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TV Guide to Offer Online Video Search

How in the world did my local paper get this out before I heard about it? I was getting so used to browsing the business pages and pointing out the articles we’ve already covered.

Well, now that I’ve been thoroughly humbled, on with the news. TV Guide is gearing up to offer a better online video search.

Wait before you rejoice. TV Guide will only cover fully licensed content—and not home movies. (I know you guys wanted to watch all of the awesome home movies of my baby’s first bites of solid food; we’ll have to rely on other video searches to cover that.) The Salt Lake Tribune reports:

The tool will not try to aggregate the thousands of user-generated videos featuring pet tricks, skits and other antics being posted on sites such as YouTube and Revver.

Microsoft Suspends Video Site

Microsoft’s video site, Soapbox, launched in September, has temporarily closed to new users. This comes in response to the (inevitable) video piracy on the site.

As a part of the NBC/News Corp/AOL deal in the works, Microsoft is trying to ensure that videos they’ll be paid to distribute won’t simultaneously be pirated on their video site. Think that ever happens on YouTube?

Or maybe the move has something to do with a certain $1 billion lawsuit.

My question is: how does not letting new pirates sign up help deter present piracy? Part of the answer, though certainly not all of it, is a partnership with Audible Magic, the same company charged with detering piracy on Google and MySpace.

Via Cnet.

EFF Sues Viacom to Prevent Abuse of DMCA

You already know that Viacom is suing YouTube for a gazillion dollars for copyright infringement, but now the cable company is facing a backlash over its careless use of the DMCA.

Nate Anderson reports the Electronic Frontier Foundation – a nonprofit group that looks to protect digital rights and free speech – is suing Viacom for its misuse of the Digital Millennium Copyright Act (DMCA).

Among thousands of DMCA takedown notices sent out, is one of a Stephen Colbert parody video that the EFF claims doesn’t violate any copyright laws.

The video does contain clips from “The Colbert Report,” but the EFF argues that these qualify as fair use, since parody has a well-recognized copyright exemption. “Our clients’ video is an act of free speech and a fair use of ‘Colbert Report’ clips,” said EFF staff attorney Corynne McSherry in a statement…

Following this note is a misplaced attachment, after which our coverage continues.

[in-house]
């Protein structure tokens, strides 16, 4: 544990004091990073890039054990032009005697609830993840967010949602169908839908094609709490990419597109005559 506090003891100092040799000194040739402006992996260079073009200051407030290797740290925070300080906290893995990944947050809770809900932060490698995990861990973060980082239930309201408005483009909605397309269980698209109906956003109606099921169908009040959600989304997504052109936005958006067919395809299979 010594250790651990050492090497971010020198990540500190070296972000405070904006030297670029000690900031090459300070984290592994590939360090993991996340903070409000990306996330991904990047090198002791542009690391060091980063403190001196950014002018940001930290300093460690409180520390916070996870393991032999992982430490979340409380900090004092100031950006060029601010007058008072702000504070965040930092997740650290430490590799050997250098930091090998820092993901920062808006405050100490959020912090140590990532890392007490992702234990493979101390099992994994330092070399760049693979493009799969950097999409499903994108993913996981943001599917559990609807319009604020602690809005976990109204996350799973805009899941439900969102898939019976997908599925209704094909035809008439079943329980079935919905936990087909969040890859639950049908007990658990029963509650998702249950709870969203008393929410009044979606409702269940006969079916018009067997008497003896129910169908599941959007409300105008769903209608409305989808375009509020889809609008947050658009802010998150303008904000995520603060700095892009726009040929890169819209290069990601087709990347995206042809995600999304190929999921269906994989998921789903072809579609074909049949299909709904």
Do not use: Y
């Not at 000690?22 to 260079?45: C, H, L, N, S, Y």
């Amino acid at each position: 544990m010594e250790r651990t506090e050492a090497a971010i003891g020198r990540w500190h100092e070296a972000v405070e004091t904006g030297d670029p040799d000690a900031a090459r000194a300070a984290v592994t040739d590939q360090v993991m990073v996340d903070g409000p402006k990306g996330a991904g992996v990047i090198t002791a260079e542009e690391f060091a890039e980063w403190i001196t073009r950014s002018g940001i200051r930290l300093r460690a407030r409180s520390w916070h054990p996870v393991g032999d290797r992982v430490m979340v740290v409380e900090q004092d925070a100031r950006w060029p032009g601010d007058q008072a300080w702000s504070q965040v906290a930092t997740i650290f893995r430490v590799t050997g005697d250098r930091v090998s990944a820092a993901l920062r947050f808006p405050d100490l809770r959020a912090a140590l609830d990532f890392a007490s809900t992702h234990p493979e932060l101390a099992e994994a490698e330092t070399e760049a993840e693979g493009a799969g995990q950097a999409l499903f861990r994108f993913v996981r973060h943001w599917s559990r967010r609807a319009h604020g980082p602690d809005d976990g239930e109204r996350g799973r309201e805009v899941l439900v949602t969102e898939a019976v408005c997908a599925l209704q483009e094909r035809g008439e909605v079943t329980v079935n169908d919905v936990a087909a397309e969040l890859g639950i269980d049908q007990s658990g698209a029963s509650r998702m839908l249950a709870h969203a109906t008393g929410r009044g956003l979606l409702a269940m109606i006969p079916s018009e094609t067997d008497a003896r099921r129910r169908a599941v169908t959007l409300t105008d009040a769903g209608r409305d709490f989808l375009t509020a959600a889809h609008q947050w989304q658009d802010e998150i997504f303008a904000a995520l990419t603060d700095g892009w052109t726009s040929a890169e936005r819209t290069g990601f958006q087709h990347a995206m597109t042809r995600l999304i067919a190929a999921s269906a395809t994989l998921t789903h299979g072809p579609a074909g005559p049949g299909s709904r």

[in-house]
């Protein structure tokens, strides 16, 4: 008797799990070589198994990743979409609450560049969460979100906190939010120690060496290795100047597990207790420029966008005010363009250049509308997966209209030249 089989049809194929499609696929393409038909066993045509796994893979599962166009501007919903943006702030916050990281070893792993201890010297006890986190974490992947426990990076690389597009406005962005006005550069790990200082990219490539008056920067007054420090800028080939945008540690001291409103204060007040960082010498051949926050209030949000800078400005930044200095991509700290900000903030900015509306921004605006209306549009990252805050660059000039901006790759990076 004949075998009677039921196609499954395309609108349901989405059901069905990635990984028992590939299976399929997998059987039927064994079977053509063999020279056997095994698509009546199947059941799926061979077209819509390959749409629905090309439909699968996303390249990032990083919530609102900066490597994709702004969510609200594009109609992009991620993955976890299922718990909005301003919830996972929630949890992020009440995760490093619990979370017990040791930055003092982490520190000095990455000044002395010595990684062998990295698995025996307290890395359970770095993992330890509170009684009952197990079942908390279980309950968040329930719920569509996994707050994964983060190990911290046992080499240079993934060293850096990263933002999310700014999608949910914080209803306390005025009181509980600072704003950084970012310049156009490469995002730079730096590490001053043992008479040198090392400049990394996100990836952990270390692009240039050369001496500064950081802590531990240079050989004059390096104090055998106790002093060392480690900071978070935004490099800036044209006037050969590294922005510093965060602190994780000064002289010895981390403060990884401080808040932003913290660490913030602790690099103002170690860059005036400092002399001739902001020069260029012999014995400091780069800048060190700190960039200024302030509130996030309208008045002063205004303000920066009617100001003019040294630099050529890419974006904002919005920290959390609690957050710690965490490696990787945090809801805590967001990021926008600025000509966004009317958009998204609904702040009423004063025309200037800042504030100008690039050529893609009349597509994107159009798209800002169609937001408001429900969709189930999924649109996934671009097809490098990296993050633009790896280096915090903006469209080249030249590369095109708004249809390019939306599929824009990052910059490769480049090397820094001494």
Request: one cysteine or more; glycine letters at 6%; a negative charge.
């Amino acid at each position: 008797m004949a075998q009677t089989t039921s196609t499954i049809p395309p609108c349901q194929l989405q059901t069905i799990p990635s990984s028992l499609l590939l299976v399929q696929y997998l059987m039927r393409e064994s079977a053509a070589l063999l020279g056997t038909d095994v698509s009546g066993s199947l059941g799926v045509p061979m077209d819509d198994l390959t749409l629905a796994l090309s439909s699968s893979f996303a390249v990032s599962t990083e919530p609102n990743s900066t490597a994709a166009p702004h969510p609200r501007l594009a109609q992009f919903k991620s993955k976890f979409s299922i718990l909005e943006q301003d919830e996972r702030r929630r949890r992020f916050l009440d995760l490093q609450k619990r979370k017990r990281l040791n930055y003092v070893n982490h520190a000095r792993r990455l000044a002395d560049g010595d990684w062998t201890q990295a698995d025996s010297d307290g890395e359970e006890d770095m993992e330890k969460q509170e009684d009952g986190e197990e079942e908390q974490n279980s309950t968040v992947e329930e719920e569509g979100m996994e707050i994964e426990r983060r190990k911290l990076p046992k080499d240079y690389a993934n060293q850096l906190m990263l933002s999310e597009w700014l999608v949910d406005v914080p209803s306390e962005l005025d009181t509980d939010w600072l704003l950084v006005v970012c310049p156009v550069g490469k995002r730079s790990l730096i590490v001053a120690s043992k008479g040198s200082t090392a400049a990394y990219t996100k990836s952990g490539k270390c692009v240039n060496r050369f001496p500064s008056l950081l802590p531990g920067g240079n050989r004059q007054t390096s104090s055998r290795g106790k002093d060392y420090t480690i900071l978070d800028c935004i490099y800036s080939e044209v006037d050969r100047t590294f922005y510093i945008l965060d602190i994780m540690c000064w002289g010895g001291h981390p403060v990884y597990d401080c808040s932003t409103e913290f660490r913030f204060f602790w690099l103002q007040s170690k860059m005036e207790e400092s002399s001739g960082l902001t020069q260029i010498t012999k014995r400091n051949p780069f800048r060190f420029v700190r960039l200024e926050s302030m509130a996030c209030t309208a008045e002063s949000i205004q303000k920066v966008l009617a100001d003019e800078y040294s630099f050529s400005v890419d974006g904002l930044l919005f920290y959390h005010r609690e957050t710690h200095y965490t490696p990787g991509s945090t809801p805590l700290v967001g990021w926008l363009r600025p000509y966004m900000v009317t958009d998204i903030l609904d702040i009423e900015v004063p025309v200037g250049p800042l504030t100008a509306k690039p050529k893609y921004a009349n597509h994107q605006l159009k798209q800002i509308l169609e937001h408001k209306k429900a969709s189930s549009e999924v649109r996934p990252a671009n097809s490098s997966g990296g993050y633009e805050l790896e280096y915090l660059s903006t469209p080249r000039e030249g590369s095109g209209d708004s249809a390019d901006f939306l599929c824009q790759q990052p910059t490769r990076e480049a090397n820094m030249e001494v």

NBC & News Corp Building a YouTube Competitor?

Rumors tend to have a little more substance when they’re reported in places like the LA Times and TechCrunch. With both of these outlets reporting News Corp. and NBC are joining forces to create a video-sharing site to challenge YouTube, it’s likely going to happen.

News Corp. and NBC Universal plan to announce as soon as today that they are creating an online video site stocked with TV shows and movies, plus clips that users can modify and share with friends, according to people close to the negotiations.

The two companies obviously understand that despite their own immense size, they’re still minnows in the online video space, so they’re seeking help from some of Google’s fiercest competitors.

Marketers Continue to Debate Best Place for Video Ads

Despite as many as 80% of online video viewers finding ads annoying, marketers are still debating whether pre-roll ads (before) or post-roll ads (after) are the best way to utilize advertising in video.

Marketers continued their debate at a ClickZ forum in San Francisco this week.

Those for pre-roll…

“We’re qualifying pre-roll as the television advertising model, but everything is going to change. We’re working with companies and advertisers to create a theater show,” said Dorian Sweet, executive creative director for Tribal DDB.

“As long as we’re seeing demand for pre-roll, we’ll provide it. And the advertisers are still demanding it,” said Jessica Luterman, director of strategy and development for About.com

Give Away the Milk: Slap Ads on the Cow

Okay, I couldn’t resist. MediaPost today blogged about CBS using YouTube for their free NCAA tourney highlights. Not that there will be any highlights, since both my team and my alma mater got knocked out in the first round. Stupid upsets. Ahem. Anyway. This comes after CBS partnered with CSTV for their user-generated content contest. This new move is especially important for CBS because they were having trouble accomodating the high traffic levels on their site.

It seemed for a while there that CBS was with Viacom on the “kill YouTube” boat—but apparently not. Guess what, big, huge, YouTube-hating networks. As I just said, “Give the milk away, and make tons more money than you could from selling the milk by slapping some ads on the cow.” The new agreement will offer ad-supported highlight reels through YouTube. YouTube and CBS will split the revenues.

YouTube Video Awards An Answer to Vloggies?

Mashable is reporting YouTube will today announce the launch of the “YouTube Video Awards”.

The seven categories are Most Inspirational, Most Creative, Best Series, Best Comedy, Musician of the Year, Best Commentary and “Most Adorable Video Ever.”…The winners will be announced on March 25th, and trophies will be awarded.

It seems a little late in the year to start honoring the best videos of 2006, doesn’t it?. As Robert Scoble suggests, YouTube appears to be reacting to the Vloggies – which has been around for six months.